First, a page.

Here is some news from the FCC that is long overdue in my opinion. The FCC voted unanimously to establish a "Public Safety and Homeland Security Bureau." The state of PSAPs in our country is not great. There are disparate systems and while communications technology in the enterprise and service provider sector continues to rapidly improve PSAPs aren’t being upgraded as quickly.
PSAPs act is fiefdoms and need a more cohesive management structure enabling them to be upgraded to act in unison. As a country we need IP based PSAPs that are able to accept video streams of emergency situations in homes and businesses. The cameras mounted on PCs and laptops can be used for this.
Furthermore, there needs to be better ways for those needing help to communicate with 911 centers. Data uploads of medical histories, drug allergies, and even simple facts like whether the dog has a history of biting are important facts that emergency workers need to be aware of.
Here is the announcement that the details:
The new Bureau is designed to provide a more efficient, effective, and responsive organizational structure to address public safety, homeland security, national security, emergency management and preparedness, disaster management, and other related issues.
The changes are subject to Congressional notification before they become effective. In addition, the Commission must work with the National Treasury Employees Union Local 209 to secure its approval for issues affecting the Commission’s workforce.
The Public Safety and Homeland Security Bureau will handle the following issues and functions that have been dispersed among seven different bureaus and offices:
* Public safety communications
* 911/Enhanced 911 (E911) requirements
* Public Safety Answering Points (PSAPs)
* Interoperability and operability of public safety communications
* Communications Assistance for Law Enforcement Act (CALEA)
* Priority emergency communications (TSP/WSP programs)
* Alert and warning of U.S. citizens (EAS, etc)
* Continuity of government operations (COG) and Continuity of Operations (COOP) planning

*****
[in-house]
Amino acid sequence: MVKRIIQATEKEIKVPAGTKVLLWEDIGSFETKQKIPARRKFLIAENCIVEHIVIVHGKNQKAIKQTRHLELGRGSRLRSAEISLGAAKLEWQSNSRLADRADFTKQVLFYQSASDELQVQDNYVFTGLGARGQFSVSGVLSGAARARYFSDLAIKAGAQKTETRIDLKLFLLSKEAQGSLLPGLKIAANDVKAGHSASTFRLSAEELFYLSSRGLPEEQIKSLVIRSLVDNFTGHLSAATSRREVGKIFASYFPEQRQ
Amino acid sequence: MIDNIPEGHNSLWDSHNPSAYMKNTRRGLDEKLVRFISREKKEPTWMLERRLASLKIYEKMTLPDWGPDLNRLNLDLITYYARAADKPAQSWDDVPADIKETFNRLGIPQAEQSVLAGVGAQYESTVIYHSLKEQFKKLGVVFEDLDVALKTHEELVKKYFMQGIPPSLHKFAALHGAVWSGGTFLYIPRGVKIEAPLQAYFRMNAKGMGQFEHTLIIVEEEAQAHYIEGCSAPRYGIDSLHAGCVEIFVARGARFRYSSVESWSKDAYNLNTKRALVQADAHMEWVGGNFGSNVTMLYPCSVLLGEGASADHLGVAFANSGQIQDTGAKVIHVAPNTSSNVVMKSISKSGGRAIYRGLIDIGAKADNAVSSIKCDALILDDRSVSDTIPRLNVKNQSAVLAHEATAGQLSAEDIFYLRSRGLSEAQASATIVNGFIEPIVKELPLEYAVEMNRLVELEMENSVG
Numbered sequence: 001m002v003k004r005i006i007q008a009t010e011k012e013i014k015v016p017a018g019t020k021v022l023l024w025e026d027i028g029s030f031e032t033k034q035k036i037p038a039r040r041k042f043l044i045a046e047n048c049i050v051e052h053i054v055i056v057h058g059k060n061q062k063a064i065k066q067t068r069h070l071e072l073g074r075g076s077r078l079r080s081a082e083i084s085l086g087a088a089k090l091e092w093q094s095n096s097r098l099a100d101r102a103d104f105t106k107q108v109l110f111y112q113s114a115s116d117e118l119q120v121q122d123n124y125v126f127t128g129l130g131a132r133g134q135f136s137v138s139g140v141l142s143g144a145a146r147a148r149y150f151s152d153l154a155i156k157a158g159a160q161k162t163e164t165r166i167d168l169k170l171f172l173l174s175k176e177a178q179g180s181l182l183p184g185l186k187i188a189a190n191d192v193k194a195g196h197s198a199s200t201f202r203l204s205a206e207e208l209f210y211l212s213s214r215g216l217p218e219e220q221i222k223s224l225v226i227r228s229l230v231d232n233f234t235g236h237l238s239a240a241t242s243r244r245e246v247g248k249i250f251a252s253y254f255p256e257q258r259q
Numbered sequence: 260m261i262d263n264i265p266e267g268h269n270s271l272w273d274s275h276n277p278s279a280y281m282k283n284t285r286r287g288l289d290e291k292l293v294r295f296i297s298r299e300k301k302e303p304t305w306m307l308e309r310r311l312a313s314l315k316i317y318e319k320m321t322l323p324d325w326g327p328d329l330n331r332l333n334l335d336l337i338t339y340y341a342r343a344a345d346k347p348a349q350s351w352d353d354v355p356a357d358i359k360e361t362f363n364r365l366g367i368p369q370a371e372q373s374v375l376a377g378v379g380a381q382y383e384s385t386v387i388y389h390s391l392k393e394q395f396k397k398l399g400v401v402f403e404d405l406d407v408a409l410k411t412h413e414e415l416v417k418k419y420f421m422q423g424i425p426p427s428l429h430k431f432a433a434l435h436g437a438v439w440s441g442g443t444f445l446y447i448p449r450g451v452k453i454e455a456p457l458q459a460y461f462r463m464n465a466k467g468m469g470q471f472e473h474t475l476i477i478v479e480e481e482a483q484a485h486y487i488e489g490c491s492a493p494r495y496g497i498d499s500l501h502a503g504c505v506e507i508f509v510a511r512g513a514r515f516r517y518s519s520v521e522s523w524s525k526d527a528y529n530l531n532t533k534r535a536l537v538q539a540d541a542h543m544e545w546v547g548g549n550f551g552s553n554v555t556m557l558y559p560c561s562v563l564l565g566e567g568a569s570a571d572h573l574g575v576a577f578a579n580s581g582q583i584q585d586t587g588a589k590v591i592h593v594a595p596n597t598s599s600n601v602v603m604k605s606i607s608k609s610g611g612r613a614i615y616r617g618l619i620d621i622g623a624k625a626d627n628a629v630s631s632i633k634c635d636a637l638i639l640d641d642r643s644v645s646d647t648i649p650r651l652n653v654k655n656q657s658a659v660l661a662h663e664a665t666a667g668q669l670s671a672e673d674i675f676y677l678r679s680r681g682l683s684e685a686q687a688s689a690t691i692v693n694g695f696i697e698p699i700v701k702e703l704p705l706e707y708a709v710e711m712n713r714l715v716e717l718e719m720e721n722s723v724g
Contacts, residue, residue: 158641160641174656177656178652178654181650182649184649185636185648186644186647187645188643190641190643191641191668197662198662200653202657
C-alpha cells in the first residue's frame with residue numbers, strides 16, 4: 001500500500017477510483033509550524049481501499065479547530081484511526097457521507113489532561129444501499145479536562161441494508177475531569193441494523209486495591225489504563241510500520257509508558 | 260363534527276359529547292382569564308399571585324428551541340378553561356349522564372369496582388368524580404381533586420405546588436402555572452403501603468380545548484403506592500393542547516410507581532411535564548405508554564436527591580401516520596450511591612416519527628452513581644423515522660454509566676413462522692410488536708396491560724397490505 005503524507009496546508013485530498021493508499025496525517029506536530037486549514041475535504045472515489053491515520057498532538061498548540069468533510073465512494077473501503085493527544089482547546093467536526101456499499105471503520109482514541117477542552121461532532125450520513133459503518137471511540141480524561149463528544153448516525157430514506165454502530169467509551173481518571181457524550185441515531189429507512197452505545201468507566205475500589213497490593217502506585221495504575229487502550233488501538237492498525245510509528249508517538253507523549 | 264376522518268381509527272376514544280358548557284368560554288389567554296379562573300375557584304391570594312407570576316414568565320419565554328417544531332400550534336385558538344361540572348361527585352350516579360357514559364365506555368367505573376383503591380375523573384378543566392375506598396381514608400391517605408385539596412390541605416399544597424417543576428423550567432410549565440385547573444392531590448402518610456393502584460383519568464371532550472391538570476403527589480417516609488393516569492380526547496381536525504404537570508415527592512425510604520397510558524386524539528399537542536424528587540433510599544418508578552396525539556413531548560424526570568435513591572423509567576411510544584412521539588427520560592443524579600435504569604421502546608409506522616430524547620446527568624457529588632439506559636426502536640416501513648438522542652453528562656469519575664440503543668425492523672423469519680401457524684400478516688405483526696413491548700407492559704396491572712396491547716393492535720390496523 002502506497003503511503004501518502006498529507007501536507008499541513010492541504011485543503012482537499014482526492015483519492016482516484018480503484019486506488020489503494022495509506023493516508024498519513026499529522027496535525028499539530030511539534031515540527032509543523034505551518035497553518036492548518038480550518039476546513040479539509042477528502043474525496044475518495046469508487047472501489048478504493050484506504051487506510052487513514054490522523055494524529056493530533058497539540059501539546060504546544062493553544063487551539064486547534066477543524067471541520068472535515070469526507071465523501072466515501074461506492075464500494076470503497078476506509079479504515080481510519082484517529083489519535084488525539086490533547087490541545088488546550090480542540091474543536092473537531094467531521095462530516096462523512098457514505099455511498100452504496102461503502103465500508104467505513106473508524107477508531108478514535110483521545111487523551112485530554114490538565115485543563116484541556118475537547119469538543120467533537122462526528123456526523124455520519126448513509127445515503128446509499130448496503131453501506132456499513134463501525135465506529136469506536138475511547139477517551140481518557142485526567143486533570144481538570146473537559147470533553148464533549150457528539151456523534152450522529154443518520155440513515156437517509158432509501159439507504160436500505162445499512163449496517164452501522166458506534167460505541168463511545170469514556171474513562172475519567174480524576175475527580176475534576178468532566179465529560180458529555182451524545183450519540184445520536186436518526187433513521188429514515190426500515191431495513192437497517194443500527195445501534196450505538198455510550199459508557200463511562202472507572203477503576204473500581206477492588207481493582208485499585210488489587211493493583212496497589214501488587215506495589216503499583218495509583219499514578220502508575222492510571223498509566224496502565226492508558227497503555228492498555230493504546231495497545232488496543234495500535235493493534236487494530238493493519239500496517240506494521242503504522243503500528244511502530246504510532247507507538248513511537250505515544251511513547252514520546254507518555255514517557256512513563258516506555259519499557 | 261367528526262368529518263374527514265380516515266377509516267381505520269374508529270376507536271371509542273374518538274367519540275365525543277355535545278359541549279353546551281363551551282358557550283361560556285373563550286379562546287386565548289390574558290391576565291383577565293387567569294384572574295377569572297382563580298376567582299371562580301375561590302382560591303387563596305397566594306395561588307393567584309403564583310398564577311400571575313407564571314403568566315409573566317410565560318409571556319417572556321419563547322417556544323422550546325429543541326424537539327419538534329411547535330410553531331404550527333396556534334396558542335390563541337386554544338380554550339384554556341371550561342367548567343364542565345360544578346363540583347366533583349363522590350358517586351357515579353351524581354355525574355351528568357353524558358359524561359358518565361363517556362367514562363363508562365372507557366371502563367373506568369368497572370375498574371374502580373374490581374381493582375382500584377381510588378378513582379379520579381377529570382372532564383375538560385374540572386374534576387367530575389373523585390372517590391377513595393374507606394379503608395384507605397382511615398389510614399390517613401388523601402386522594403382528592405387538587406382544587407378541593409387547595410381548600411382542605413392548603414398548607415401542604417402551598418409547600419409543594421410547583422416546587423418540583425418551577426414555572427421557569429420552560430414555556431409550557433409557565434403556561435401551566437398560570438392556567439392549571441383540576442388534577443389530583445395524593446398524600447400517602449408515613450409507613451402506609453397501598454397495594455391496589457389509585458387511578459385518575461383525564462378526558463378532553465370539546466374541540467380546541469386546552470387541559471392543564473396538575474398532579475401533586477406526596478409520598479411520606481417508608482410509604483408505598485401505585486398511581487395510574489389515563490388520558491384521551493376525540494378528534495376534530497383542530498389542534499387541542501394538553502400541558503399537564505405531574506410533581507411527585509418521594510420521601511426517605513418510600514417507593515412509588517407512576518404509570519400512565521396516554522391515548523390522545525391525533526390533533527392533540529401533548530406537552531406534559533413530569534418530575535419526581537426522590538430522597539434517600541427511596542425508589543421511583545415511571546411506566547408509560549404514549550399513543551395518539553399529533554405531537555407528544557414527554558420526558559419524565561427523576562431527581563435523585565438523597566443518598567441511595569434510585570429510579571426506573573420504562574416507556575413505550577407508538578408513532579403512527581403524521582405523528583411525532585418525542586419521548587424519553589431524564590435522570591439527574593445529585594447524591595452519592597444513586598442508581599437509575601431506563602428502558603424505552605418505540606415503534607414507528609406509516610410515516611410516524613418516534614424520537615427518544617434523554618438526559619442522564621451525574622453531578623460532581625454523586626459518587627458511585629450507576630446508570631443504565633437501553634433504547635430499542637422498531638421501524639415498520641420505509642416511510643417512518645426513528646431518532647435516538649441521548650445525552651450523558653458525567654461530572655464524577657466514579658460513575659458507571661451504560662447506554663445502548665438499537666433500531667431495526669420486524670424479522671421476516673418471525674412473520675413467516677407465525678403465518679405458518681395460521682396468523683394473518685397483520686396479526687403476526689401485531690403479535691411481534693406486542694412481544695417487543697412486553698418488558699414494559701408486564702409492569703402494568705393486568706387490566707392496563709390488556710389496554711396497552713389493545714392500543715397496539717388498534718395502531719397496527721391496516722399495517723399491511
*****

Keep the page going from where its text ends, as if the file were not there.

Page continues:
* Public safety outreach (e.g., PSAPs, first responder organizations)
* Disaster management coordination
* Disaster management outreach
* Communications infrastructure protection
* Network reliability and resiliency
* Network security
* Advisory Committees and panels focused on public safety and security issues
* Studies and reports of public safety, homeland security, and disaster management issues
The Public Safety and Homeland Security Bureau will be organized into three divisions: Policy Division, Public Communications Outreach & Operations Division, and the Communications Systems Analysis Division. In addition, the Bureau will have a Front Office consisting of the Bureau’s senior leadership and management staff.
Policy Division – The Policy Division will draft, develop, and administer rules, regulations, and policies, including those pertaining to the 911/Enhanced 911 (E911), Public Safety Answering Points (PSAPs), operability and interoperability for public safety communications, communications infrastructure protection, network security and reliability. In addition, the Policy Division will handle the licensing of spectrum for public safety entities (e.g., police and fire departments) and related issues.
Public Communications Outreach & Operations Division – The Public Communications Outreach & Operations Division (PCOOD) will be the lead division responsible for coordinating the Commission’s emergency response procedures and operations. The division will coordinate the Commission’s public safety, homeland security, national security, disaster management and related functions on a day-to-day basis and during incidents or other emergencies. The division will coordinate and communicate with public safety organizations and state and local governmental agencies. The division will also be the lead point of contact for all inter-governmental coordination activities with other Federal departments and agencies. The division will operate the Commission’s
Communications Systems Analysis Division – The Communications Systems Analysis Division (CSAD) will administer the Commission’s information collection requirements (e.g., network outage reports) and perform analyses and studies concerning public safety, homeland security, national security, disaster management, and related issues.